• Fan fiction
  • Fan-art
  • Comic Strips
  • Erotic Fiction

The word limit must not exceed 500 words.

All the submission must be e-mail to us at having the title Submission and must contain author details and his blog link (if he wishes to). The content for the magazine can either be an attached .doc or .docx file and for fan-art .jpeg or .png. Or the content can directly be in e-mail. The deadline for submission is 27 January 2014 by midnight.

You will be given full copyright of your content. You will also be emailed a copy of the issue directly to your mailbox when the magazine is out.

You can also follow us for the latest updates on our FACEBOOK page at: or search for Graffiti The Magazine

Thank you all!

Me and Graffiti Team

Books, Essay, MyWorks, Reviews


With Top Ten Tuesday meme, I going to discuss Top Ten Authors I read in the year of 2013.

I’ll start with number 10MA JIAN, which I picked up randomly and was impressed by his style and the structure and organization of the context, though the length of the book, The Dark Road, was quite extensive. But in the end, I was glad I picked him up, and his style is unique and might seem satisfying to a reader if he reads Jian for the first time.

The number spot, I’ll give to GEORGE R. R. MARTIN, whose books I was trying to avoid from quite a long time but couldn’t resist anymore so I surrendered and I must say the series, A Song of Ice and Fire, is an impressive epic fantasy and I quite enjoyed them. The length of the books were quite a challenge and thus I had fun conquering it  and I ended up reading all five books which constitute the series till current date.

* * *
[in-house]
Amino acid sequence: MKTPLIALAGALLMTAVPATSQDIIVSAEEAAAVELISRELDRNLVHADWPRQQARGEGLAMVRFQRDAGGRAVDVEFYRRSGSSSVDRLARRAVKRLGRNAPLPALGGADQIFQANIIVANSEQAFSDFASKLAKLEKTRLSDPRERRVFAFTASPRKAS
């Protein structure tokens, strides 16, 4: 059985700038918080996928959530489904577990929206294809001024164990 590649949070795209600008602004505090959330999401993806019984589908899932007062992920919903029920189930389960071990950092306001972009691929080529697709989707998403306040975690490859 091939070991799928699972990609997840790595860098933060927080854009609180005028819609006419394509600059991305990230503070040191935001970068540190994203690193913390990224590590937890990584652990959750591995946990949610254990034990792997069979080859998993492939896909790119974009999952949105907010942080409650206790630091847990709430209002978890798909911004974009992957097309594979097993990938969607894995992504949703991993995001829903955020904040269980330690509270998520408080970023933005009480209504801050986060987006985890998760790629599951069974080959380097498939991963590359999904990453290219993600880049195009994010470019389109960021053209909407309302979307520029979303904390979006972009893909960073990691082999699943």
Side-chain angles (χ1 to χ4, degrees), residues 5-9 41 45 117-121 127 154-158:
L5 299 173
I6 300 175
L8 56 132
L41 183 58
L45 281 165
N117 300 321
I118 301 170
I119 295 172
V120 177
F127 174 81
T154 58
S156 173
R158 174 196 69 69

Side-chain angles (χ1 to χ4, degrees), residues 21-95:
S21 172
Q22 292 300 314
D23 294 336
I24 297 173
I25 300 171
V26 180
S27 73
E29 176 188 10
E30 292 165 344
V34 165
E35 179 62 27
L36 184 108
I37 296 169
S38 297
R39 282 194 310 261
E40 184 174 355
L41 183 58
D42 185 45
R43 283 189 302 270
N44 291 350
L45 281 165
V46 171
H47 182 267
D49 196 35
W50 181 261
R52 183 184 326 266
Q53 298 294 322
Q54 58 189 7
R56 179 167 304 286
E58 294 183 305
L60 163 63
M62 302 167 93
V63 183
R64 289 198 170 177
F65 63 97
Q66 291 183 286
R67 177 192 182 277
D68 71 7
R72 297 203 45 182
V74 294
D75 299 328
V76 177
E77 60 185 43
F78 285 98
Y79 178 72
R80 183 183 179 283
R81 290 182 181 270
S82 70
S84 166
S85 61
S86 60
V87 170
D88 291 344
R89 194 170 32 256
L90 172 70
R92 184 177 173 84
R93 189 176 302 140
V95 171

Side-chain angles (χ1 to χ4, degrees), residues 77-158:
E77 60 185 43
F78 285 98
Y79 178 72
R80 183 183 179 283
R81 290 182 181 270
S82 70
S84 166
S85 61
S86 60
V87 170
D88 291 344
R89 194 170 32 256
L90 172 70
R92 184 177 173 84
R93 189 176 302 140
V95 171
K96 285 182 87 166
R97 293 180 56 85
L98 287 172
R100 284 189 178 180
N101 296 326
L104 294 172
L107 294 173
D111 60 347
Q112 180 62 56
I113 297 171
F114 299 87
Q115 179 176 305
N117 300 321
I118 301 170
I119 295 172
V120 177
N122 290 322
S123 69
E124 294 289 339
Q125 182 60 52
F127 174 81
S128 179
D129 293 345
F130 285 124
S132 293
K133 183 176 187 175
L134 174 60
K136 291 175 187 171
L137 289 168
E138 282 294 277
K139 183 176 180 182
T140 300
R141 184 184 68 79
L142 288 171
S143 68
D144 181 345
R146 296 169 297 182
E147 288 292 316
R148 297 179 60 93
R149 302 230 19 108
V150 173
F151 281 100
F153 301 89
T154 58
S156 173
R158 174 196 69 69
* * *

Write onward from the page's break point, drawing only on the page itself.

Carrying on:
8th spot goes to PATRICK ROTHFUSS, recently read The Name of the Wind, which is more satisfying and his style and plot-writing is slightly better than George Martin, in some way, but hey, I am not saying Martin is bad or something. It was pretty hard for me to choose between the two and I decided Rothfuss should go above Martin as Martin disappoints me in the length of his books but hey, he is ‘good’. So is Rothfuss and both are great icons of the epic fantasies.

Number 7 is considered an iconic in the football (soccer) club I prefer to follow, many good players have worn that number during their time at the club, created history, and crafted memories which are unforgettable and became legendary. Such is PETER CUNNINGHAM, an award winning Irish novelist. His historical fiction, The Sea and Silence, introduced me to a new level of writing. The level is simple, unique and touches a reader’s head as well as his heart. It’s a powerful novel, I would say and I expect him that he continues to create such cherishing novels in future. That’s why I gave him number 7, he has the potential.

6th spot goes to, GEORGE ORWELL, for writing an exceptional novel based on truth which turned out to be very realistic in future. In our time, and the coming future, the idea his novel, 1984, implies is a fact, implemented today if not fully, well it will be someday. The way higher authorities want to control people, this novel describe it beautifully also with some thrill. Orwell, I salute you for writing such a novel.